Last week, Madhya Pradesh Chief Minister Shivraj Singh Chouhan assured upper caste groups protesting the Scheduled Castes and Scheduled Tribes (Prevention of Atrocities) Act that his government will not allow the Act to be “misused”. Coming ahead of assembly elections in the state, and the general election next year, Chouhan has taken a risky political gamble by backing the claims of upper caste organisations in the state.
Chouhan’s promise flies against the stated position of the Modi government that it is against any attempt to undermine the Act. In August, the government had amended the SC/ST (Prevention of Atrocities) Act to override a Supreme Court order that was seen by Dalit groups as diluting the stringent provisions of the 1989 Act. The Centre had moved the amendments after Dalit leaders, including allies of the BJP, protested the SC order and called a Bharat Bandh. The Act is a central law and a CM is duty bound to implement it in letter and spirit. Hence, Chouhan’s assurance is more about optics, which, however, puts the BJP in a spot at a time it is aggressively wooing Dalits across India. Madhya Pradesh itself has a significant Dalit presence — 15.2 per cent of the total population — and the BJP had won a majority of the reserved seats in the 2013 assembly elections. However, the community has turned restive in recent months: MP ranks fourth behind UP, Bihar and Rajasthan in the list of states with the highest number of atrocities reported against SCs. At least six Dalits were killed in MP during the Bharat Bandh.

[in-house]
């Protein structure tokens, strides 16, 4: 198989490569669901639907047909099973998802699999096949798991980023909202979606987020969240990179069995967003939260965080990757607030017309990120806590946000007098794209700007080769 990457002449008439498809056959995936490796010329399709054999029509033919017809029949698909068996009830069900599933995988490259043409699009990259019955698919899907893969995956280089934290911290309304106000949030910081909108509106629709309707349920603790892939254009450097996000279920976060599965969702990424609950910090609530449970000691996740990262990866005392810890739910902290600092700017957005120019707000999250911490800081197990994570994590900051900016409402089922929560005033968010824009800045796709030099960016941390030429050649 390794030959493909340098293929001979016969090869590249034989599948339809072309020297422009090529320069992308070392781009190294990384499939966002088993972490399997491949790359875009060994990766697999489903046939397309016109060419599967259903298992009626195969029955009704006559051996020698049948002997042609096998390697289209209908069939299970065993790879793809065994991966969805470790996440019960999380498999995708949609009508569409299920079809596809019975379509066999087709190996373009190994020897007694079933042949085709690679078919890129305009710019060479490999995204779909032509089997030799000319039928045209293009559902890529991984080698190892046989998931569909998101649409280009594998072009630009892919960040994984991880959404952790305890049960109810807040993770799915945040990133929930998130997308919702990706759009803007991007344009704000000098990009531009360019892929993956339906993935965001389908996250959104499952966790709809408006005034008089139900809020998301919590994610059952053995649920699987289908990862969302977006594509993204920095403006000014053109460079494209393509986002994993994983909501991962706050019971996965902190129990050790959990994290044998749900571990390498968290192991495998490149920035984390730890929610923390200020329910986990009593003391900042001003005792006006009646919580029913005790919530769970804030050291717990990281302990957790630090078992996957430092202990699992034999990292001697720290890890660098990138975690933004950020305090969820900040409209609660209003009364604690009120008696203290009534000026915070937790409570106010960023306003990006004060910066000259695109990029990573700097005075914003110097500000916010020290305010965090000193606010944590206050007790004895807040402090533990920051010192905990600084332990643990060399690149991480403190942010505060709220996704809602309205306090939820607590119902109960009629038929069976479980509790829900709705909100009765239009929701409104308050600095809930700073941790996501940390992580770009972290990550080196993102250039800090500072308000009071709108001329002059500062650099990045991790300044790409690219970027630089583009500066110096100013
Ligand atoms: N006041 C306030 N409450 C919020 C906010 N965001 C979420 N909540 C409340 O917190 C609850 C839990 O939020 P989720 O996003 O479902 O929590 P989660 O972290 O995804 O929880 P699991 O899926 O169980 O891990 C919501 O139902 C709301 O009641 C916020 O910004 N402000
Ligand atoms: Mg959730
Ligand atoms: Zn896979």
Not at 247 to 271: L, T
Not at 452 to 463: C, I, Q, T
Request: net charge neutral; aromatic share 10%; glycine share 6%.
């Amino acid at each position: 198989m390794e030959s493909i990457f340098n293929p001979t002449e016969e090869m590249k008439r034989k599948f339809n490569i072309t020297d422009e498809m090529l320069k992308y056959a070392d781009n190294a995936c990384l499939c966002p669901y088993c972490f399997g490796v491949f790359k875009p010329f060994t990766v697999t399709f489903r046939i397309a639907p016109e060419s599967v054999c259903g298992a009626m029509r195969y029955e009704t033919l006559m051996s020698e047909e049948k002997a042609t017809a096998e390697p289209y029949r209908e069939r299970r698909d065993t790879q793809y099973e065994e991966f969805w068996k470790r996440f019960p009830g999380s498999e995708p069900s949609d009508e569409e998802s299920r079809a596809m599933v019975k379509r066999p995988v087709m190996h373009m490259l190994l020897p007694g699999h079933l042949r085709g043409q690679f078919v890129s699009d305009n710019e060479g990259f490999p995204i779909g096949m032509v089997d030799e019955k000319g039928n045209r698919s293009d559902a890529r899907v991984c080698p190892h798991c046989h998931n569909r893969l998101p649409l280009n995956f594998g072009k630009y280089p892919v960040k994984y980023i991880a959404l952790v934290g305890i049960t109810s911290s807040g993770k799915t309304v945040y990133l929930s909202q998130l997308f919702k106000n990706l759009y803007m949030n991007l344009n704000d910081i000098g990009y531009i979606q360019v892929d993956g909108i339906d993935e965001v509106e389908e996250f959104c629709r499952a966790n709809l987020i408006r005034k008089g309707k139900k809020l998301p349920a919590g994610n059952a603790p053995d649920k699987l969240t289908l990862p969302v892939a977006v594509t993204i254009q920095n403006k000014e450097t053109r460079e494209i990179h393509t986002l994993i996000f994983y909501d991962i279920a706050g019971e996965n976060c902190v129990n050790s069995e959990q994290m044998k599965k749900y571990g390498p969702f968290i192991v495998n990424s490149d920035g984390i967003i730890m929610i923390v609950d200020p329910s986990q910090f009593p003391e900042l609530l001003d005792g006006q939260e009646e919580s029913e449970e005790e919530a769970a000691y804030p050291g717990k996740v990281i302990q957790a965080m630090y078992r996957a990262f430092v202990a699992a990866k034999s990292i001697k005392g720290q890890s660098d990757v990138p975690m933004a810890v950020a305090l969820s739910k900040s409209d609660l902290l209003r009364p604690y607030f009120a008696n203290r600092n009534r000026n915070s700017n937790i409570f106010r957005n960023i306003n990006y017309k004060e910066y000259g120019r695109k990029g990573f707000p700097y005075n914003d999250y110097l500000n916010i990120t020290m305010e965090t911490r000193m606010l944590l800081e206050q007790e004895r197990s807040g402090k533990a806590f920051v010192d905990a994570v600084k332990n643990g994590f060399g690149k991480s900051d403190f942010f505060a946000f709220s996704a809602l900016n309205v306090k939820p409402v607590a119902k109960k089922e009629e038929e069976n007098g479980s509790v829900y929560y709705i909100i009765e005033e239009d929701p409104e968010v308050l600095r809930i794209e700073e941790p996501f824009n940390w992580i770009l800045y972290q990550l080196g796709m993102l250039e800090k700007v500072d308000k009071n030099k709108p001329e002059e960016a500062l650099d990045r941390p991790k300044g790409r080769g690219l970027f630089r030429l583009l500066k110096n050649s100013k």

The SC/ST act is seen as a legal bulwark against Dalit oppression and opposing it is perceived as pandering to anti-Dalit forces. Though political parties in the post-Mandal era have often tactically supported claims of upper and middle castes for reservations in education and employment, rarely has the head of a government openly backed the demand of upper caste groups against the SC/ST Act. This is a classic dilemma that the BJP faces as it tries to look beyond its core support and build a broad social coalition including the Dalits. Even as Prime Minister Narendra Modi, party chief Amit Shah and other senior leaders reach out to the Dalits, contradictions within the Hindu social order seem to challenge the BJP’s initiatives to forge a consensus on politics as well as policies. The opposition to using the term Dalit to identify scheduled castes to enabling legislations like the SC/ST act point to the deep divisions that define power relations in India and the BJP’s inability to transcend them as it seeks to expand its constituency.